Statuette of Cybele or Ceres


About this object

Statuette of a youthful woman seated frontally and on a throne, her left leg is extended and the right is retracted. Both arms were originally extended in front of her torso and probably held objects. Her head was originally more vertical and probably turned slightly to one side, but now leans forward. The drapery is carefully executed but is rather flat. She wears a sleeved chiton which clings to her body and an himation which runs from the left sleeve across her back and over her lap. The deep carving of the arms and the loop behind the right knee enhance the chiaroscuro effect of the statuette. The throne has a cushion with a fringed fabric. At her feet there are various objects and animals. On her left there is a long eared sow, his snout touches a canister like an object ( suggested to be a modius by Elizabeth Bartman ). At her right stands a small sentinel, like a bull, next to a cylindrical object, either an altar or a basket with a ram's head on top.

The seated figure was identified by Ashmole as Cybele because of the flat round object, the tympanun, resting against the goddess' legs. Bartman notes that the figure is heavily idealised and could represent several different female deities. She proposed Ceres as another alternative to Cybele because Cybelle is normally accompanied by lions rather than domestic animals. If she is Ceres, then Bartman proposed that the two cylindrical objects would be grain measures or baskets but the flat round object would still be enigmatic. Bartman described the statue as an ordinarily executed piece, reproducing a cult statue. It was probably used as a votive statue in a sanctuary or was a religious object in a private home or tomb.

The statue is made of two ancient fragments from different statues the body and the female head. The nose and chin of the head have been restored, the neck as well as the upper part of veil from the shoulders, the left hand, forepart of right hand and of patera. The head of the bull is also a modern restoration. The back of the throne is smooth but is not detailed and the rough chiseling suggests that the statue may have been recut from an architectural block which had a moulding that was worked out.

The body is in marble from Luna (central Italy). The head, of Parian marble, is antique but from another statue.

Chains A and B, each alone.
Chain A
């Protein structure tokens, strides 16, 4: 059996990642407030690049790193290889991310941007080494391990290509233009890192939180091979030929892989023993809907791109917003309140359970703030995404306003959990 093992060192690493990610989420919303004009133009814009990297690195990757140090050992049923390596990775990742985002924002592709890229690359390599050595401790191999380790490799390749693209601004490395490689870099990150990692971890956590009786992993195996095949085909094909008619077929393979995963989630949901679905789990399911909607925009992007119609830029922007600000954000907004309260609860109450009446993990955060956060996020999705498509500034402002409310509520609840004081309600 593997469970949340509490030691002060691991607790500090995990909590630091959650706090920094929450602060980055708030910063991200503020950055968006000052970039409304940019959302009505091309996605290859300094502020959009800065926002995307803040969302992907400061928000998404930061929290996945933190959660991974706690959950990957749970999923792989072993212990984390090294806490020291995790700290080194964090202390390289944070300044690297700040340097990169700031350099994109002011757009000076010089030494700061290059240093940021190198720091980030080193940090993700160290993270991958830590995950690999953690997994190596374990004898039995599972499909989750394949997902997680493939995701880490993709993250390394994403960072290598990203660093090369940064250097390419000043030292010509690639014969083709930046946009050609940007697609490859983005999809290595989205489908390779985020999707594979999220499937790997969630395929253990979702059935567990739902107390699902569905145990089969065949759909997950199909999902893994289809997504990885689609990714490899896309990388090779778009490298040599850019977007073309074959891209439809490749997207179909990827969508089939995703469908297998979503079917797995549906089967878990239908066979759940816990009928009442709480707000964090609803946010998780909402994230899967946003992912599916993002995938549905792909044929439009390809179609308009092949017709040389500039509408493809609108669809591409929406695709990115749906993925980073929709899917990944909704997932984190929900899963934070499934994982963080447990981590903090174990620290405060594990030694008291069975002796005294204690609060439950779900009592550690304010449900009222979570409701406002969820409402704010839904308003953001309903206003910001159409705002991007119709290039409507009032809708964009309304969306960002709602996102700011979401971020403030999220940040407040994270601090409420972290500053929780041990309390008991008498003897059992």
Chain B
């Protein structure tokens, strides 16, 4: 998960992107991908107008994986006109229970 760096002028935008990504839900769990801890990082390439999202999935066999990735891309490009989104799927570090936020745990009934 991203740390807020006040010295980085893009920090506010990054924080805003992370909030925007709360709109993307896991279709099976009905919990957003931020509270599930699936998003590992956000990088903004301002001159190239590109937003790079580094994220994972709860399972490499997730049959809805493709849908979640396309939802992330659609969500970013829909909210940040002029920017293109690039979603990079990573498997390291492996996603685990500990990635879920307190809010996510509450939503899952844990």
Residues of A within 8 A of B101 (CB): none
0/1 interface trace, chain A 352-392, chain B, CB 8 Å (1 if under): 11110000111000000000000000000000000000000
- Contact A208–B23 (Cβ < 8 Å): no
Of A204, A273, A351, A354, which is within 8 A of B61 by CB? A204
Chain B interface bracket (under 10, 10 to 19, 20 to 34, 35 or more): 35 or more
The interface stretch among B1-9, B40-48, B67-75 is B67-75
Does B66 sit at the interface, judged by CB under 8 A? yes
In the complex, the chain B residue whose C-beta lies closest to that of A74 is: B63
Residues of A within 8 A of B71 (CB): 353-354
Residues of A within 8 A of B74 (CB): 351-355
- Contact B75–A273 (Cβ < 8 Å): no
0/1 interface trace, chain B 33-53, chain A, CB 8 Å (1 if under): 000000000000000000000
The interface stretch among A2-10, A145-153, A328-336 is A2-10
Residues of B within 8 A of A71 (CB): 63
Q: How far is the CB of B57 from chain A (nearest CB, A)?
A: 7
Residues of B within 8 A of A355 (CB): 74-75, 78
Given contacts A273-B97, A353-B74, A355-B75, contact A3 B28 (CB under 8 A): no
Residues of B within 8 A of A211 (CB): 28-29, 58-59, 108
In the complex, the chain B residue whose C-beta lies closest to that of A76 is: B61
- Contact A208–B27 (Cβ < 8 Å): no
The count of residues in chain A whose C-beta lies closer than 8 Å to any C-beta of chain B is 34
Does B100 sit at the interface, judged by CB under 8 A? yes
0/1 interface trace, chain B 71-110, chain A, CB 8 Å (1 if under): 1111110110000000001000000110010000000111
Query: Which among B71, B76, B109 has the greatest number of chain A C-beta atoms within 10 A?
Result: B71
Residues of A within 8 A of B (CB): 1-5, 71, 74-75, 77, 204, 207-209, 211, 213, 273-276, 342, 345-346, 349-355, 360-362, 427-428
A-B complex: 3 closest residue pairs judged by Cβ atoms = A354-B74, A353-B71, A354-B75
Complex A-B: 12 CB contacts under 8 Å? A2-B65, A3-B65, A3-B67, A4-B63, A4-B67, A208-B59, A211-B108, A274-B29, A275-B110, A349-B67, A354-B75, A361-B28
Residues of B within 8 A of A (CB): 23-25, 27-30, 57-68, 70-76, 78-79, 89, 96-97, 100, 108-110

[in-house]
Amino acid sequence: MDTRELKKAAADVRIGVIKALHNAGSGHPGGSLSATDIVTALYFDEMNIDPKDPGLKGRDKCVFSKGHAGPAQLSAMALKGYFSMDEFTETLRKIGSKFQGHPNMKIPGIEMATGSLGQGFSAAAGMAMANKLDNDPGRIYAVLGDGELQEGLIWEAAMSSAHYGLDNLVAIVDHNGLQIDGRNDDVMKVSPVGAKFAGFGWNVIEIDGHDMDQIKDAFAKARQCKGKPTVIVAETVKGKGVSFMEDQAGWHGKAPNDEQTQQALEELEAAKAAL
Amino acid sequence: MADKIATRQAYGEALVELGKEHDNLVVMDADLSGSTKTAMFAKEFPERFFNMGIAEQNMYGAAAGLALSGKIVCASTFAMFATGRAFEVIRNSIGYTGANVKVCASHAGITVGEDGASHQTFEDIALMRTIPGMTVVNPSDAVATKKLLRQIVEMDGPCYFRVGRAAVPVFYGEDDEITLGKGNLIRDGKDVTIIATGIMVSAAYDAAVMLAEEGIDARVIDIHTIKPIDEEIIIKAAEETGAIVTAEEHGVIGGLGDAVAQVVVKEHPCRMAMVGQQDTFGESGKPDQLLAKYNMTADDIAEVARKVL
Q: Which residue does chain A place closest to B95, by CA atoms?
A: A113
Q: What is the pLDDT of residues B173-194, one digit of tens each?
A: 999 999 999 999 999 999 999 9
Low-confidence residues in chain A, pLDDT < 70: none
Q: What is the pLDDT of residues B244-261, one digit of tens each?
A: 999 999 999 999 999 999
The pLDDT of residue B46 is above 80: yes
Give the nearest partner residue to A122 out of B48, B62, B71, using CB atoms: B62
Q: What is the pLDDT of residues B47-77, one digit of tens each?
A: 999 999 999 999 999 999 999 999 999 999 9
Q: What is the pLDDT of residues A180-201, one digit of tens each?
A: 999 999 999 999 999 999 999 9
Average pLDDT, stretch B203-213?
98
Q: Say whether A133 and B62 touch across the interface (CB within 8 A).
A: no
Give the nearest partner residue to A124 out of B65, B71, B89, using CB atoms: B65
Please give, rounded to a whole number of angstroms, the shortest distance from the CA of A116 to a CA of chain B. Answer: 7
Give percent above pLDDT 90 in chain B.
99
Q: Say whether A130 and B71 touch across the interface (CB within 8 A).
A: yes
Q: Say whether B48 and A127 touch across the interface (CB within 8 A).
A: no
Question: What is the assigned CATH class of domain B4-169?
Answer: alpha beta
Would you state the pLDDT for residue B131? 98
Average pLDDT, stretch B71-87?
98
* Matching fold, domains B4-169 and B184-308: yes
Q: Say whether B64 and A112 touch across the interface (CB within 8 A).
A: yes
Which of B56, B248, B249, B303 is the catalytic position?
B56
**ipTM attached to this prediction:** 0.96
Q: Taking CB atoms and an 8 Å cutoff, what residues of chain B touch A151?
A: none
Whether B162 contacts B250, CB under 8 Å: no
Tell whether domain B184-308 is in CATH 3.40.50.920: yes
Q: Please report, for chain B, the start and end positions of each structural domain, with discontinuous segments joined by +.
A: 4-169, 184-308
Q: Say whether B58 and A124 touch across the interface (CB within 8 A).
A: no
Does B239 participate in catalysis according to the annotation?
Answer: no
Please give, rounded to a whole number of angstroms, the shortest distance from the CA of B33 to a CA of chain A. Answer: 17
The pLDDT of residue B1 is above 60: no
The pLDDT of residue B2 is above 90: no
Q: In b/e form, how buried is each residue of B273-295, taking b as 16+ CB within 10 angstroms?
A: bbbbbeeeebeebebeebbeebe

Object specifics

  • Type
  • Culture
  • Artist/Maker
    Unknown or unrecorded
  • Place made
    Europe: Southern Europe: Italy
  • Date made
    Unknown or unrecorded
  • Materials
  • Location
    Item not currently on display
  • Acquisition
    Gift of Col. Joseph W Weld, 1959
  • Collector
    Henry Blundell
  • Place collected
    Europe: Southern Europe: Italy: Rome
  • Date collected
    Unknown or unrecorded
  • Measurements
    520 mm x 300 mm x 350 mm
  • Note
    Bartman noted that Ceres would normally be represented as an older than young woman.
  • Related people
    Henry Blundell (Collector, previous owner); Ciriaco Mattei (Previous owner); Giuseppe Mattei (Previous owner); Joseph William Col Sir Weld (Previous owner)

Explore related


  • A Catalogue of the Ancient Marbles at Ince Blundell Hall

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    Author: Ashmole, Bernard
    Publisher: Clarendon Press
    Date: 1929
    Description: An illustrated catalogue of the ancient sculptures collected by Henry Blundell and formerly at Ince Blundell Hall.

  • An Account of the Statues, Busts, Bass Relieves, Cinerary Urns, and other ancient marbles, and paintings at Ince. Collected by H.B.

    Blundell, Henry

    Author: Blundell, Henry
    Date: 1803

  • Ancient Marbles in Great Britain

    Michaelis, A

    Author: Michaelis, A
    Publisher: Cambridge University Press
    Date: 1882

  • The Ince Blundell collection of classical sculpture Volume III-The ideal sculpture

    Bartman, Elizabeth

    Author: Bartman, Elizabeth
    Publisher: Liverpool University Press
    Date: 2017
    Description: This book investigates the important antiquities collection formed by Henry Blundell of Ince Blundell Hall, near Liverpool, in the late eighteenth century. Consisting of more than 500 ancient marbles - the UK's largest collection of Roman sculptures after that of the British Museum - the collection was assembled primarily in Italy during Blundell's various 'Grant Tour' visits. As ancient statues were the preeminent souvenir of the Grand Tour, Blundell has strong competition from other collectors, British nobility and European aristocrats, monarchs, and the Pope. His statues represent a typical cross section of sculptures that would have decorated ancient Roman houses, villas, public spaces and even tombs, although their precise origins are largely unknown. Most are likely to have come from Rome and at least one was found at Hadrian's Villa at Tivoli.


Previous owners

  • Joseph William Col Sir Weld

    Owned from: 1958
    How acquired: By descent
    Owned until: 1959
    Disposal method: Donation
  • Henry Blundell

    Owned from: Unknown or unrecorded
    How acquired: Purchased
    Owned until: 1810
    Disposal method: Bequest
  • Giuseppe Mattei

    Owned from: Unknown or unrecorded
    How acquired: Inherited
    Owned until: 1770
    Disposal method: Sold
  • Ciriaco Mattei

    Owned from: Unknown or unrecorded
    How acquired: Unknown or unrecorded
    Owned until: 1614
    Disposal method: Bequest
Object view = Humanities
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